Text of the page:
Finely tuned real-time data, smart algorithms, intelligent automation, the IoT and immersive technologies, such as AR and VR, enable the creation of hyper-personalized, compelling experiences – all of which can be delivered across a wide range of channels. Businesses can therefore reduce the need for on-site engagement using immersive technologies, and help users feel physically closer than they really are while also addressing social issues caused by the lack of direct personal presence. 

The future holds a great deal of promise for the ultimate ‘You’ experience. As futuristic as this all sounds, this new realm relies on technologies already available to us today. They simply need to be adapted to mainstream needs.

As we look towards the future, it is best to keep in mind that technology itself does not change people or an organization. Instead, it simply provides guidance to business leaders on ‘how’ changes can be realized.

As to the ‘why’, business leaders must look to their company purpose and values. Being like water provides us with a new lens to view the future. After all, water is never stationary. It is always trying to go somewhere. 

By Ron Tolido, CTO of AI for Capgemini

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Jun 12, 2021

'Doing digitalisation wrong and risk being left behind'

Gero Decker
3 min
In a world which continues to embrace digitisation, where do legacy banks stand? Firmly set in brick and mortar, resisting change, says Gero Decker

Research has shown that 55% of bank executives view non-traditional players as a threat to traditional banks. The fear is justified, as digital banks could have a cost base approximately 60-70% lower than theirs. If this looming threat from innovative and digital-minded industry disruptors has not been enough to trigger a digital rebirth of legacy financial institutions, surely the biggest disruptor of them all – the pandemic – would force change? 

It seems that despite studies showing COVID-19's long-lasting effects on the global economy to be of the likes of a substantial one-year reduction in worldwide GDP of more than 6%, the necessity of cost-cutting in 2021 is still not a stake high enough to steer legacy financial service CFOs in the same digital direction that the world is heading to.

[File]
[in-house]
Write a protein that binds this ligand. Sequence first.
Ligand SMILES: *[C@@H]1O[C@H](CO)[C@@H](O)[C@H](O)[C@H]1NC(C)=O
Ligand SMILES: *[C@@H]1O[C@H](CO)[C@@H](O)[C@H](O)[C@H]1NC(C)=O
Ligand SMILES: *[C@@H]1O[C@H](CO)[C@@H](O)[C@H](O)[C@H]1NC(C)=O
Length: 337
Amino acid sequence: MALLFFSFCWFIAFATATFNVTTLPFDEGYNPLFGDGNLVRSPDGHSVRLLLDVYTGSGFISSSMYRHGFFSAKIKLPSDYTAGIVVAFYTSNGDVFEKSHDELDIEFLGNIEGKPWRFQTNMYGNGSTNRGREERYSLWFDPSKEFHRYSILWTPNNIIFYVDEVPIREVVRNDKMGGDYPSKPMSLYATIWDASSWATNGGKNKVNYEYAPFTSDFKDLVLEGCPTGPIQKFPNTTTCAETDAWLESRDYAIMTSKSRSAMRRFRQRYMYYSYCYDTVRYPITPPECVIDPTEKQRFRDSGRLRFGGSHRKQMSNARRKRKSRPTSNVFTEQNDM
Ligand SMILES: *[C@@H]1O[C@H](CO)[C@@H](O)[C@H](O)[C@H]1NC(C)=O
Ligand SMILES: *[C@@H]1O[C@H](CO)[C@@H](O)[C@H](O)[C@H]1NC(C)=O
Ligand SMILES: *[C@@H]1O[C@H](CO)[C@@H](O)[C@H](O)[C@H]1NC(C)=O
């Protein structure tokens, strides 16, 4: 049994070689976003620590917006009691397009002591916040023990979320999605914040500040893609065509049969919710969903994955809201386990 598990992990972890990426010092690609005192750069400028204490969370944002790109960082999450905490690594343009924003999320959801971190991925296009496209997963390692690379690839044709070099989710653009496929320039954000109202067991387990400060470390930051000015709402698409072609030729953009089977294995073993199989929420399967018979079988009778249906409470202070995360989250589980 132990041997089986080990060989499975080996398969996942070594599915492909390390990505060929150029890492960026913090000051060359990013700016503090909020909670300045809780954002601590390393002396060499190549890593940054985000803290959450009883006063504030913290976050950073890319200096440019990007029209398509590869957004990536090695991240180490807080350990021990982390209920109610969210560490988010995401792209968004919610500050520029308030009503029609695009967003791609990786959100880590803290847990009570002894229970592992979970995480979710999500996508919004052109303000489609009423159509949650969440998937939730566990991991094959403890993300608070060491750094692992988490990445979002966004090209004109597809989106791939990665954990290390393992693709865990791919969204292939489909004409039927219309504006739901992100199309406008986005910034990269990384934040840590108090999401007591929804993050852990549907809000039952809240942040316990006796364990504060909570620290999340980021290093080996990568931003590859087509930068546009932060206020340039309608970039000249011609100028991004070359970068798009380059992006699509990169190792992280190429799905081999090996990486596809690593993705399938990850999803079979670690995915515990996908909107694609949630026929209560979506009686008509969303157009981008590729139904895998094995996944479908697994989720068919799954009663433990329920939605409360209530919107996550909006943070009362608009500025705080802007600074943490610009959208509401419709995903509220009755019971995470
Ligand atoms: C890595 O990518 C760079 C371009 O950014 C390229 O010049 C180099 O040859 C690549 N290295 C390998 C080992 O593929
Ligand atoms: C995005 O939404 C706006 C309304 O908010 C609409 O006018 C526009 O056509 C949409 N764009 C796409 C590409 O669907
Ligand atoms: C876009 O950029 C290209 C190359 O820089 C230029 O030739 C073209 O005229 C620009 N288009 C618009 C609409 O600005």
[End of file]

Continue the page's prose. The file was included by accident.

Modern living now operates online, both professionally and personally. Distributed working, retail, and socialising are all the ‘new normal’, and the financial services sector is no different; the pandemic has resulted in 71% of global consumers now using digital-banking channels weekly – with contactless and digital payments at the forefront of this shift.

Due to this demand, many banks are experiencing a 50% increase in the use of their digital services. Research has shown that accelerated consumer adoption of digital banking tools has led to the growth of new digital banking users by approximately 20% over the last year alone. The decision-makers at legacy banks now have a choice to make: understand and adapt to the modern consumer’s needs and lifestyle or watch them leave. 

This is different from the threat legacy banks saw in the 1990s with the rise in internet banking or even the financial crisis of 2008. Consumers now have a plethora of options available to them with a click of a touchscreen button in the palm of their hands. In order to remain a noticeable competitor in the industry, legacy financial institutions will have to cut costs by 25-50% in the next 3-5 years, which simply won’t happen. A lot needs to change.

Transformation in various forms

This transformation can materialise in various forms, from introducing operational efficiencies and superior customer experience by leveraging AI, modernising legacy systems and processes to allow for cloud-native end-to-end experiences, to building digital onboarding, quick loan disbursements, and real-time payments. With studies finding that firms could digitise many activities 20-25 times faster than previously thought possible, it’s a convenience simply waiting to happen. 

It would be wrong to imply that all legacy financial institutions have not thought about accelerating their digitisation. Research has shown that 45% of banking executives are keen on transforming their existing business models into digital ecosystems right now. So, if sentiment and plans to pivot are beginning to take shape, where are legacy banks going wrong and why are changes not being made?

It’s simple. They have their priorities all wrong. Data looking at the top banking priorities for post-pandemic FS shows the three lowest priorities mentioned are instrumental to achieving digital transformation success: innovation, operational excellence, and culture development. This lack of focus on technology, operations and culture will ultimately derail most digital banking transformation efforts, rendering these legacy banks obsolete. 

Changes need to be made for these institutions to stand a chance of surviving against their disruptor counterparts. As Jack McCullogh, founder of the CFO Leadership Council, astutely said: “Few, if any, investments can give an organization a sustainable competitive advantage like an investment in technology”.

In every crisis there is an opportunity, and the pandemic is a perfect time for legacy banking to reassert themselves as a viable option for consumers and as noticeable competition in the industry. The world has been forced into digital, and these legacy firms are no exception. It is now or never.